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Pot Kilns

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One of the smallest hamlets in London, and unnamed on most maps, Pot Kilns lies north of Cranham on Bird Lane, just off the Southend Arterial Road (A127). From 1708, this was the centre of the Upminster brickfields, one of the largest employers in the district. The first brick kiln was built in 1774. Tiles were also produced, and a variety of pots – hence the locality’s name. These were mainly chimney pots but also flower pots and kale pots, which were used for making broth or pottage. Pot Kiln Farm was shown on a map of 1825. The kilns were operated by members of the Branfill family until the late 1850s and later by the Upminster Brick Co. and its successors. The main kiln, known locally as ‘the dome’, was 45 feet in diameter and 70 feet high. Another was nicknamed ‘the shaft’. Brickmaking continued here until 1933, when the Essex Brick and Tile Co. went into voluntary liquidation. Pot Kilns now consists of just two short terraces of houses built in the 1880s for the local workers, set among pasture, spinneys and hedgerows. Pantile Cottages run alongside the lane while Plain Tile Cottages jut southwards. Several of the properties have been ‘improved’ but some of their original character and detailing survive.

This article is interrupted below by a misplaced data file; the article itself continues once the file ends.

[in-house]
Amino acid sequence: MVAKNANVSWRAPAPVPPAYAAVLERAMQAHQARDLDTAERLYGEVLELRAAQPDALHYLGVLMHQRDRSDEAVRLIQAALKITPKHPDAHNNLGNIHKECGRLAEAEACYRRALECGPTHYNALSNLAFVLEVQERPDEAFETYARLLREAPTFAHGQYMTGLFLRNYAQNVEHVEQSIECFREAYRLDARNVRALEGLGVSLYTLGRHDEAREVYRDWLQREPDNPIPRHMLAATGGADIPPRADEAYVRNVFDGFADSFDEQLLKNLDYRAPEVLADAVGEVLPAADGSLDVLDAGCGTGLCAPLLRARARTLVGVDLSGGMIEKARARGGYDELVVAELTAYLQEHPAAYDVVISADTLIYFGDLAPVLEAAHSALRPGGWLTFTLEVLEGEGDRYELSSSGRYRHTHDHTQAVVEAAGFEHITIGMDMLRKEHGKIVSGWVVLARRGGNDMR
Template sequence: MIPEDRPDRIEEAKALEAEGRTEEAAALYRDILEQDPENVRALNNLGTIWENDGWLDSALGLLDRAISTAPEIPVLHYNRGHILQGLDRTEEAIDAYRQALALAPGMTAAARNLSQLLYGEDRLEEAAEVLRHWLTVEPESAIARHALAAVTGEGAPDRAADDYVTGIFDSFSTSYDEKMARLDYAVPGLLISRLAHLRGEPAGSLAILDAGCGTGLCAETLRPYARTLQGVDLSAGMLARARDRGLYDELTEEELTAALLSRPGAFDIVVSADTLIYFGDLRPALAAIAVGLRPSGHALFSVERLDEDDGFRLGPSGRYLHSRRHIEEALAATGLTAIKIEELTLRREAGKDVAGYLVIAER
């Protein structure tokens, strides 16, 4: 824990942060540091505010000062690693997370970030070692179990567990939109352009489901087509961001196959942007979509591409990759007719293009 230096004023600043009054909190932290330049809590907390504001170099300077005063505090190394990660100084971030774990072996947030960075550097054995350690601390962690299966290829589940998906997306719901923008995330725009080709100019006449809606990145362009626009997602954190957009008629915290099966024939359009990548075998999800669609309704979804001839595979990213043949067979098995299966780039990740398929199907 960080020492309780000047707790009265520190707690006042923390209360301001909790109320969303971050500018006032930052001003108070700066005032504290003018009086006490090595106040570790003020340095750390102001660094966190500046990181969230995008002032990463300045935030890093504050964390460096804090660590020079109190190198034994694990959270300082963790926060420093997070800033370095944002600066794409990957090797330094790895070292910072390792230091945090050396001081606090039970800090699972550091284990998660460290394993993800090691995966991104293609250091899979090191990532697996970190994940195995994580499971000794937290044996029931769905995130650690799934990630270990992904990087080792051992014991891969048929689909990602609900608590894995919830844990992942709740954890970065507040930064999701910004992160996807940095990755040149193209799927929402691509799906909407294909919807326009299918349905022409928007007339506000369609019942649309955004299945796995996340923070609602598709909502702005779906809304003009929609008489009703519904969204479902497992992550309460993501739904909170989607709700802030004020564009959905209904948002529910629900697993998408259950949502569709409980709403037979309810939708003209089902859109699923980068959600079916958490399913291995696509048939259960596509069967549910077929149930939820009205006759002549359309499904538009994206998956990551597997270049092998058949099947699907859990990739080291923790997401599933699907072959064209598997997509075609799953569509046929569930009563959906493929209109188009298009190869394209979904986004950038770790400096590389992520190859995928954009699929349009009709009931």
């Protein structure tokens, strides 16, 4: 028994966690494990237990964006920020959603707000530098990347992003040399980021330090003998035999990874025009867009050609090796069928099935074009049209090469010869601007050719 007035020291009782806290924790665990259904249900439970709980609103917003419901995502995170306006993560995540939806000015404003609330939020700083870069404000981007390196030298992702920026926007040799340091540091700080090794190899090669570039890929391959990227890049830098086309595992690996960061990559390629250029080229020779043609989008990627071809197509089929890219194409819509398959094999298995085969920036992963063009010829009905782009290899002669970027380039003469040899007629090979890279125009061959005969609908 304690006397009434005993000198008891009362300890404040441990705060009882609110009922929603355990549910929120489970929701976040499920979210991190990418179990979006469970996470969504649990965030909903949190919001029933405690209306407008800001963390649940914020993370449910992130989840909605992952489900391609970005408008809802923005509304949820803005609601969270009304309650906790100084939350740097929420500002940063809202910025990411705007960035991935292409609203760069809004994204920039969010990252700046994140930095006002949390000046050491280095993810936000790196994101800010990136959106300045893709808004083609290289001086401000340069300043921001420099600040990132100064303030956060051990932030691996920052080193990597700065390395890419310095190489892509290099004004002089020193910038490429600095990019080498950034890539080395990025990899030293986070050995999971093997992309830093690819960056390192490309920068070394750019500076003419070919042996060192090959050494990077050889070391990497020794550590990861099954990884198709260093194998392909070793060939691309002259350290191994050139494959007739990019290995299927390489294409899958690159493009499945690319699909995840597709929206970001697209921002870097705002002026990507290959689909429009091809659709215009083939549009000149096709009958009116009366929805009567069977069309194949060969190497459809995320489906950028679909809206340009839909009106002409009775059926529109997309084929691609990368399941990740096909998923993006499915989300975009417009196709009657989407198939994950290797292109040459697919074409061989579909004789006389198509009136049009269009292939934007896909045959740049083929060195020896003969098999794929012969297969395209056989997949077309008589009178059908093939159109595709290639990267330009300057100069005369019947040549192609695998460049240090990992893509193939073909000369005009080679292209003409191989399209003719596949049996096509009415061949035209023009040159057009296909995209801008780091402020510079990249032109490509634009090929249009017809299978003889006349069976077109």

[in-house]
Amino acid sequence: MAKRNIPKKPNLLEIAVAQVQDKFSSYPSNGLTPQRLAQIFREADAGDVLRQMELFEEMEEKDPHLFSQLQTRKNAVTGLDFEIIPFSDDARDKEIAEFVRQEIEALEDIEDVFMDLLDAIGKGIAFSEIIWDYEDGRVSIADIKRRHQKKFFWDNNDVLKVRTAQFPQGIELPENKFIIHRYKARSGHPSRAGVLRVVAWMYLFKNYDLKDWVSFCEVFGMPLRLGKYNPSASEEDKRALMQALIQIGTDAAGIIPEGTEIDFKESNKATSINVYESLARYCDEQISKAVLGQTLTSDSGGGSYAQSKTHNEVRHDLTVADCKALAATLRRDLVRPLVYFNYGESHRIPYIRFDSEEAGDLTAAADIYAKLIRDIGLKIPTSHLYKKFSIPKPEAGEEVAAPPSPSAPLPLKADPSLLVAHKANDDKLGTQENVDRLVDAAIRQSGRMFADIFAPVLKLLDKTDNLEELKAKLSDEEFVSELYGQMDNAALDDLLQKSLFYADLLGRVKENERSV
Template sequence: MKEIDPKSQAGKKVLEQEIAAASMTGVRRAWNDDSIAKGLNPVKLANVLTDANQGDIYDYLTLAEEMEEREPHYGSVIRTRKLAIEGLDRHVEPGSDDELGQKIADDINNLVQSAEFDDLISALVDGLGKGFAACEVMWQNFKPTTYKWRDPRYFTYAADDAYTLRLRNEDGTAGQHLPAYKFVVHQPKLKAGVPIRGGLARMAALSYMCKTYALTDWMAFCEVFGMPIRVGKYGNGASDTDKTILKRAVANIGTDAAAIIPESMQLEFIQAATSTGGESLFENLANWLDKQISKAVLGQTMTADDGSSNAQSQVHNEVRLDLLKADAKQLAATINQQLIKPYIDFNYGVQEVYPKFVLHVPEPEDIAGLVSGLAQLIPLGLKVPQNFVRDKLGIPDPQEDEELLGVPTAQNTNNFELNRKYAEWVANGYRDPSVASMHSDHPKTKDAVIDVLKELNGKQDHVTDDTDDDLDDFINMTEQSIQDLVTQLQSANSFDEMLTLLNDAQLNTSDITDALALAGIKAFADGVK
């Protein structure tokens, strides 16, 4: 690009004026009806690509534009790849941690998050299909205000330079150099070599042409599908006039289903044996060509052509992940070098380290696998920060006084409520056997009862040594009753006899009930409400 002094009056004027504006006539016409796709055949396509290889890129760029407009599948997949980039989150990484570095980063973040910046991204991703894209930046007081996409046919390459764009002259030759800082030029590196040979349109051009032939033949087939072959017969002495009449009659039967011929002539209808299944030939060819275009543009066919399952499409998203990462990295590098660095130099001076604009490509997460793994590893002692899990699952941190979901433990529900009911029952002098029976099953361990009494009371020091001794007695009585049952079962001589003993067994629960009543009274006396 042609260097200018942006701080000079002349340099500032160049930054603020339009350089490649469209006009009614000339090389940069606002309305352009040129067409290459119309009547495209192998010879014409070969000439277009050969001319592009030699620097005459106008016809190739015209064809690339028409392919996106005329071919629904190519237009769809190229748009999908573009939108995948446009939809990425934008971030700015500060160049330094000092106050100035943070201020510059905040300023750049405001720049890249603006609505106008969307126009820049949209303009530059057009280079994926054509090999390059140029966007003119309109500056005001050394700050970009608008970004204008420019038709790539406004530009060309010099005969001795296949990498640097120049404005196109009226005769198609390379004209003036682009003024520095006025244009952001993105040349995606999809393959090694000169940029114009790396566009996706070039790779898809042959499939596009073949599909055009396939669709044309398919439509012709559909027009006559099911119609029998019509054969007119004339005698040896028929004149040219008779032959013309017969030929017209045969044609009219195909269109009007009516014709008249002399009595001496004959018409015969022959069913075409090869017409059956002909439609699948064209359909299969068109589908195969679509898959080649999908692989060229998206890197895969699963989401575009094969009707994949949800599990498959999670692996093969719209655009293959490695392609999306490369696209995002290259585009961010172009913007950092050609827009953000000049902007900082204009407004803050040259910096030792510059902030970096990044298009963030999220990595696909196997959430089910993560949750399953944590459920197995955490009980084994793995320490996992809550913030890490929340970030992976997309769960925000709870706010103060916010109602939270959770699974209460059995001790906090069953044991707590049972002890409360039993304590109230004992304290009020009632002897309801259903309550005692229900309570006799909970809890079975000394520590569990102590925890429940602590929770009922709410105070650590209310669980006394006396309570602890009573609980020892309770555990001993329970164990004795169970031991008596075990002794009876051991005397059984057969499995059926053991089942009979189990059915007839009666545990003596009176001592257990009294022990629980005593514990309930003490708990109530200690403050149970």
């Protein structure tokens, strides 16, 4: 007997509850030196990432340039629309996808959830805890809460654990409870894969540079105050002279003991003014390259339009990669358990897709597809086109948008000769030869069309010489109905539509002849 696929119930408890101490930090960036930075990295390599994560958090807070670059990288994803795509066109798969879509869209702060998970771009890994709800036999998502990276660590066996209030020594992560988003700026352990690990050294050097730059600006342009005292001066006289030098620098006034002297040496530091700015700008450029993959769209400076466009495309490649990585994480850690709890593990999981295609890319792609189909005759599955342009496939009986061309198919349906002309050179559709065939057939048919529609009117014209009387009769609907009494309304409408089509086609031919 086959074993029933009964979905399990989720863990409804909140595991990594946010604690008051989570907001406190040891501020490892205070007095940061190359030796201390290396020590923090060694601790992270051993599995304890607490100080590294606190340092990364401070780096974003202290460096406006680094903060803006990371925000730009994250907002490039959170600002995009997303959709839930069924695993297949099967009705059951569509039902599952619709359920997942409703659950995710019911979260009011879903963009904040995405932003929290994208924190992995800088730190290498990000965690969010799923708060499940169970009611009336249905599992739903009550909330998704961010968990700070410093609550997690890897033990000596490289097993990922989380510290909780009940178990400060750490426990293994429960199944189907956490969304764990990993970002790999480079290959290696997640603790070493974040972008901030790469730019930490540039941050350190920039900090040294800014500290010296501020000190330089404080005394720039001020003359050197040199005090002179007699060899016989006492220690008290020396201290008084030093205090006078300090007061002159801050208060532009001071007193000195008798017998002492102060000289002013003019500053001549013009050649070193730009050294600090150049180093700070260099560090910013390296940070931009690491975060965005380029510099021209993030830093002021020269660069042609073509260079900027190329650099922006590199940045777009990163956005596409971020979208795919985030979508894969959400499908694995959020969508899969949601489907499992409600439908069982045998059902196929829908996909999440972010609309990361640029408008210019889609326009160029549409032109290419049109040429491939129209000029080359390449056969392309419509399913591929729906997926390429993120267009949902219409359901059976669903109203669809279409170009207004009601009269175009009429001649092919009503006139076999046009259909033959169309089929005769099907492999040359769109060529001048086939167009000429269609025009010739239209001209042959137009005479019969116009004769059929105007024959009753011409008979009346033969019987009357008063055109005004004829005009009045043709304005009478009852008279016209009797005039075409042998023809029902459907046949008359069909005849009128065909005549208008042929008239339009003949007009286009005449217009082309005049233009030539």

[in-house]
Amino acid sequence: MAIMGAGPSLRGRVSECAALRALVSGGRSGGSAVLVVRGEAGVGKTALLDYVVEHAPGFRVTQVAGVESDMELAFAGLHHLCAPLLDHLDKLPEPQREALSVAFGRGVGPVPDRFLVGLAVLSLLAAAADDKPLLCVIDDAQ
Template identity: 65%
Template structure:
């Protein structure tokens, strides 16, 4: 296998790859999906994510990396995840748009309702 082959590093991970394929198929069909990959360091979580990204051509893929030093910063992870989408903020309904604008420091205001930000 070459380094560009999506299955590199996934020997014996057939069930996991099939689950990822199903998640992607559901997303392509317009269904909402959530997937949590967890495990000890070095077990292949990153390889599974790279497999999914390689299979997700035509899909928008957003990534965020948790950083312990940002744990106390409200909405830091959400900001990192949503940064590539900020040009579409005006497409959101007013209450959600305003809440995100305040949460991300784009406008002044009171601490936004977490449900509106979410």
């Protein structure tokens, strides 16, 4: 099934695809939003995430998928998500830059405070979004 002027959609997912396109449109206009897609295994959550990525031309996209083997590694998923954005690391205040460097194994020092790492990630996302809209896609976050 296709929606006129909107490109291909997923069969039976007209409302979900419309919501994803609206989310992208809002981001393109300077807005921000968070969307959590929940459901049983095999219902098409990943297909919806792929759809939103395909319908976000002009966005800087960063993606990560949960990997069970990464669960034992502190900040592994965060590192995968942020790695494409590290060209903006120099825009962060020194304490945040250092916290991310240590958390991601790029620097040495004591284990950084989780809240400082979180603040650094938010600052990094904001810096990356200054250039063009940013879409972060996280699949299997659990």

Pot Kiln Wood is a 17-acre Woodland Trust property. To the north are farms and nurseries along Hall Lane and Tomkyns Lane, with farmhouses and cottages. Great Tomkyns has a fourteenth century barn that is grade II* listed but in a poor state of repair.

click for area map (opens in a new window)
The rear of Plain Tile Cottages

Postcode area: Upminster, RM14
Further reading: Pat Ryan, Brick in Essex: The Clayworking Craftsmen and Gazetteer of Clayworking Sites, self-published, 1999

Woodland Trust

Brewer's London Phrase & Fable

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